Also any recommendations on transitioning to the crib from the rock n play? She has reflux and spits up a lot. I know she can’t be in there forever especially since she is a bigger baby. She naps in a pack n play or crib but on her belly because I’m able to watch her. She hasn’t rolled over yet so I’m too nervous to do that at night! Any advice would be great! We’re only breastfeeding here so I’m trying to push the feedings apart like the 12×12 but it doesn’t always work.
Hope your boys are feeling better with their ear infections!
Say hi to Seth from us (we went to haftr together)!
Jennifer Ellner, MPAS, PA-C (917)930-8435 JenniferEllner@gmail.com
Seth says hi!
Re pediatric chiropractor, my sister in law lives in 5 towns and she’s trying someone for her boys, I will ask her to send you the info.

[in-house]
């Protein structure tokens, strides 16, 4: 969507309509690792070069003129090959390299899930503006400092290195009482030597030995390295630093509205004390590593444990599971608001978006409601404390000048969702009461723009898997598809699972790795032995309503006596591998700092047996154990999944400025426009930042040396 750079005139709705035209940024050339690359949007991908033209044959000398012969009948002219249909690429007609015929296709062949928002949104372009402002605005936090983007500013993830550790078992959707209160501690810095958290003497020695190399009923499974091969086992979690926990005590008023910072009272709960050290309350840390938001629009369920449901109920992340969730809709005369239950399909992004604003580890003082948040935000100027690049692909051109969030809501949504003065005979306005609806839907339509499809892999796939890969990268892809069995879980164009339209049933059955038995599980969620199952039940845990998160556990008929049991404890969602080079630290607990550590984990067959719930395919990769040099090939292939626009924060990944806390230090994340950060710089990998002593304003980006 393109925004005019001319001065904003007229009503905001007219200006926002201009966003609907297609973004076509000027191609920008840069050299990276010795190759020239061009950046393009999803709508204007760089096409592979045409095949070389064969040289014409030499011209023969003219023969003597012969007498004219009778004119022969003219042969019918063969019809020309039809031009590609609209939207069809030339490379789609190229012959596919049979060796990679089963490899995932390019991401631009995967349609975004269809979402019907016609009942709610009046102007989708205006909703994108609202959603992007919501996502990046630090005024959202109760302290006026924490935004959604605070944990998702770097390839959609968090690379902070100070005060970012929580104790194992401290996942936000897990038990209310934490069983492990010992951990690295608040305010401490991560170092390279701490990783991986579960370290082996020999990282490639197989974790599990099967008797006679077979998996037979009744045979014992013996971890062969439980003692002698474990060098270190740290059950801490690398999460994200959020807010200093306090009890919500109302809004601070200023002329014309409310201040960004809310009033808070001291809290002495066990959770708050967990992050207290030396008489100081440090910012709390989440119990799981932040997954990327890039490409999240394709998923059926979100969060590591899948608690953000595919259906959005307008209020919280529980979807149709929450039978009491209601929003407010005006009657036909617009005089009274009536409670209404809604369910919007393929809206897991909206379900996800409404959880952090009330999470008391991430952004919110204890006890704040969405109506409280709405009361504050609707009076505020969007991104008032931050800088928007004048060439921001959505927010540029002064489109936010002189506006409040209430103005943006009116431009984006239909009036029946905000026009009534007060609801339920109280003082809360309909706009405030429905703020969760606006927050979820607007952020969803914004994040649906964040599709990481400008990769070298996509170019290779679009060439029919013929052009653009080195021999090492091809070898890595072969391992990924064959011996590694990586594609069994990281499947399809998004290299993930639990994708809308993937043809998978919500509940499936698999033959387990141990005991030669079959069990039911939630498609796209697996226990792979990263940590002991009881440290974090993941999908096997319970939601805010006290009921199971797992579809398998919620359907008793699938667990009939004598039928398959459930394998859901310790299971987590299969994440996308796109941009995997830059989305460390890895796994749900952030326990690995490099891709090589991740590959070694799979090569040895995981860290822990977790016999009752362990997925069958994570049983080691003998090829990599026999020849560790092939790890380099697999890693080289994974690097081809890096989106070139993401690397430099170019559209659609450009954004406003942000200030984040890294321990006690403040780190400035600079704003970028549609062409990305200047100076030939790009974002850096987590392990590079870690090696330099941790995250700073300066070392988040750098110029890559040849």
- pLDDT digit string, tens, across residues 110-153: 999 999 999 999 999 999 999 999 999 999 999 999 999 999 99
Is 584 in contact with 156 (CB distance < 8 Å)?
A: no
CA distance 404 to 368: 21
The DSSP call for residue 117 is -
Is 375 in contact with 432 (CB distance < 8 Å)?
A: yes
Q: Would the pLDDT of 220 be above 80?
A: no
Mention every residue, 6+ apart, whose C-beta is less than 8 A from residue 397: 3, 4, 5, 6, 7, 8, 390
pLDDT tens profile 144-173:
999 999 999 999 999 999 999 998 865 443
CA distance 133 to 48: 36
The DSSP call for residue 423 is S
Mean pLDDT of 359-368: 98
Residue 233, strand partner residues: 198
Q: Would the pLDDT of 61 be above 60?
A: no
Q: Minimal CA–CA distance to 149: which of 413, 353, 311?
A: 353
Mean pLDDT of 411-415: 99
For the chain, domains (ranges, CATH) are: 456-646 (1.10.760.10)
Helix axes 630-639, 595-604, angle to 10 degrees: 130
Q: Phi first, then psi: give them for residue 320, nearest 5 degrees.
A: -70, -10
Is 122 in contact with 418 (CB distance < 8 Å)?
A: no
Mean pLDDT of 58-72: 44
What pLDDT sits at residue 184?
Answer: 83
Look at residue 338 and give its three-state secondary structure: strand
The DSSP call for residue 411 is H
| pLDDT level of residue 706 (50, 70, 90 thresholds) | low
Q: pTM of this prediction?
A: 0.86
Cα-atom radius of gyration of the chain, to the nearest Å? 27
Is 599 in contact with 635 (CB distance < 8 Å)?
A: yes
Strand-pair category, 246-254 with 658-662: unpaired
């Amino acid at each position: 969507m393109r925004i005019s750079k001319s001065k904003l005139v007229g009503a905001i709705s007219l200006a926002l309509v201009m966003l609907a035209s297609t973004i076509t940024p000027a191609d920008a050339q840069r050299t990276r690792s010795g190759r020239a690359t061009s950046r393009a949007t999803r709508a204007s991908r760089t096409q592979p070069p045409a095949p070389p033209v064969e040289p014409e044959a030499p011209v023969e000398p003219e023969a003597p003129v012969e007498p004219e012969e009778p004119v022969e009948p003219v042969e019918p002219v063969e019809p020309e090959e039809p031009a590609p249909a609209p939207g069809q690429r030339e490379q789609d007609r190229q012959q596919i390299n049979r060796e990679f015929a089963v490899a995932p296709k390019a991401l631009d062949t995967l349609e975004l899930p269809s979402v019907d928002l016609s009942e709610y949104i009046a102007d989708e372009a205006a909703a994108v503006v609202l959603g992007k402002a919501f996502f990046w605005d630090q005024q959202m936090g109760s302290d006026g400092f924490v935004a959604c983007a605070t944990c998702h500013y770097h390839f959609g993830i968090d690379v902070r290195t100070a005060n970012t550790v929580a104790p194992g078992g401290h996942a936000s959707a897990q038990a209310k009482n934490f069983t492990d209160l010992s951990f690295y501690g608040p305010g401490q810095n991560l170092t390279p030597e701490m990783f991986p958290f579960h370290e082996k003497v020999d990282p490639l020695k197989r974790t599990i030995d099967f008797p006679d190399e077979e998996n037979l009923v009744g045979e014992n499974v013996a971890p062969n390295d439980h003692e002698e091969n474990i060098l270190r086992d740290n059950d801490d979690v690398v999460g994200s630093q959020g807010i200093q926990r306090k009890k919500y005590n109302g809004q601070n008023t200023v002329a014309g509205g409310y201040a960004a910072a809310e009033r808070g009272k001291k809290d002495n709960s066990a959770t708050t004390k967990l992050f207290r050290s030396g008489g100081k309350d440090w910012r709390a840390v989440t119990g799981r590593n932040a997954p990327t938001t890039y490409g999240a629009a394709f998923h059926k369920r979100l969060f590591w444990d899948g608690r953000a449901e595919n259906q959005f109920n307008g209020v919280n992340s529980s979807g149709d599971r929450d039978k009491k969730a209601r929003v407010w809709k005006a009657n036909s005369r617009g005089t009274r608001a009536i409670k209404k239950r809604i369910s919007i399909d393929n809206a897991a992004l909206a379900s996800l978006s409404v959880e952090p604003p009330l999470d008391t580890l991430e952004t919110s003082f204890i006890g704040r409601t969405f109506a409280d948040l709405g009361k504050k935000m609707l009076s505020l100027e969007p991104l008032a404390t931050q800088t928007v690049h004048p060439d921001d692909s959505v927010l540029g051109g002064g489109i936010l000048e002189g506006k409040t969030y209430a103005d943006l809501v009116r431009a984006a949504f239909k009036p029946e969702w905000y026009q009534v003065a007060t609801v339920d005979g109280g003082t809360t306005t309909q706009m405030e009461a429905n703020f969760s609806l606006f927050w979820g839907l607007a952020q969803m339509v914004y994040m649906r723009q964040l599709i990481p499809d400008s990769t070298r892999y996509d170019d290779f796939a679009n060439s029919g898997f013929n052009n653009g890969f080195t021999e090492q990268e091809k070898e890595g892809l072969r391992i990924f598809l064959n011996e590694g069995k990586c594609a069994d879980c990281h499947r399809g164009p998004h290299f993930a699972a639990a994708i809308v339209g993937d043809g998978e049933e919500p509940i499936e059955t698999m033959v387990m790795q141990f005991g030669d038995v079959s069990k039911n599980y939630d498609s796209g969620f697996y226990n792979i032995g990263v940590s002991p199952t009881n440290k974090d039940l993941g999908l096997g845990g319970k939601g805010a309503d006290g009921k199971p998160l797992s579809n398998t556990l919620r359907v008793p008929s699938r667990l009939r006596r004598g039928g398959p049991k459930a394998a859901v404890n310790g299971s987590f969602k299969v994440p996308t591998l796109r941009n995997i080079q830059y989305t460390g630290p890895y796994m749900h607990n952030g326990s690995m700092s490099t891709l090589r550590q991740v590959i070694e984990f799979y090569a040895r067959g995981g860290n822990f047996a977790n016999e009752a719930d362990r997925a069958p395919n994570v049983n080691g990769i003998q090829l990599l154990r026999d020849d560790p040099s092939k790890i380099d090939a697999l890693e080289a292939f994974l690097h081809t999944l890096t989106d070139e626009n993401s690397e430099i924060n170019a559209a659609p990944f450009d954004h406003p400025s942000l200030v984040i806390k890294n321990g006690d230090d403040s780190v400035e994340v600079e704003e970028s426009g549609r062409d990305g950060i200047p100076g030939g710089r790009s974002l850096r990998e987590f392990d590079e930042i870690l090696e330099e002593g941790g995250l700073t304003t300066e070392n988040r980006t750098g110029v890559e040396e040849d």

Re transition, my son would spit up in his crib all the time, it didn’t bother him (he was seeing the Chiro a few times a week at the beginning) so he didn’t wake up crying from it but when I would get him in the morning I would see the stains (gross I know.)
My guess would be to do some naps by putting her on her back so that she gets used to sleeping in the crib the same way you will put her down at night. They adjust to the back sleep and then once they roll they get comfy the way they want. I never used the Rock and play but are you a member of UES mommas group? I’ve seen that question posted a few times, so you can search it.
With any transition, consistency is key. Good luck!
[…] was just going back in my blog and reading the post-baby related posts (post-partum body and head to toe baby) I’m laughing because I forgot to re-read them during my last pregnancy, and there were some […]